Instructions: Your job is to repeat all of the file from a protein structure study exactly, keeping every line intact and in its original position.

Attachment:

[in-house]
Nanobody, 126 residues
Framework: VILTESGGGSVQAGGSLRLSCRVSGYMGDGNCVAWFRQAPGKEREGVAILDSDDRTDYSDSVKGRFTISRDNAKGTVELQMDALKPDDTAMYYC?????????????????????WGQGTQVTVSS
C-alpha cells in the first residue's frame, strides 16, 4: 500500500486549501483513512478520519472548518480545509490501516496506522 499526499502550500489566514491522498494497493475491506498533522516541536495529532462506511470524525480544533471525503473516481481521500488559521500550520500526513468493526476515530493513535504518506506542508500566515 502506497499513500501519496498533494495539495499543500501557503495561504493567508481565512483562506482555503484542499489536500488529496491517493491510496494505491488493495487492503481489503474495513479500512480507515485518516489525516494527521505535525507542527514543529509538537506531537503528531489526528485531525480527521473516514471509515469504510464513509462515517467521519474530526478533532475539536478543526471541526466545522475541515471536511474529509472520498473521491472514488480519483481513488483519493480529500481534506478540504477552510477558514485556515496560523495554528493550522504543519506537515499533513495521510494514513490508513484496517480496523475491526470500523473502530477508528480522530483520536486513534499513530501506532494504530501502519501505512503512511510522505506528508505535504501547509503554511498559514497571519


[in-house]
Nanobody, 126 residues
Framework: VILTESGGGSVQAGGSLRLSCRVSGYMGDGNCVAWFRQAPGKEREGVAILDSDDRTDYSDSVKGRFTISRDNAKGTVELQMDALKPDDTAMYYC?????????????????????WGQGTQVTVSS
C-alpha cells in the first residue's frame, strides 16, 4: 500500500486549501483513512478520519472548518480545509490501516496506522 499526499502550500489566514491522498494497493475491506498533522516541536495529532462506511470524525480544533471525503473516481481521500488559521500550520500526513468493526476515530493513535504518506506542508500566515 502506497499513500501519496498533494495539495499543500501557503495561504493567508481565512483562506482555503484542499489536500488529496491517493491510496494505491488493495487492503481489503474495513479500512480507515485518516489525516494527521505535525507542527514543529509538537506531537503528531489526528485531525480527521473516514471509515469504510464513509462515517467521519474530526478533532475539536478543526471541526466545522475541515471536511474529509472520498473521491472514488480519483481513488483519493480529500481534506478540504477552510477558514485556515496560523495554528493550522504543519506537515499533513495521510494514513490508513484496517480496523475491526470500523473502530477508528480522530483520536486513534499513530501506532494504530501502519501505512503512511510522505506528508505535504501547509503554511498559514497571519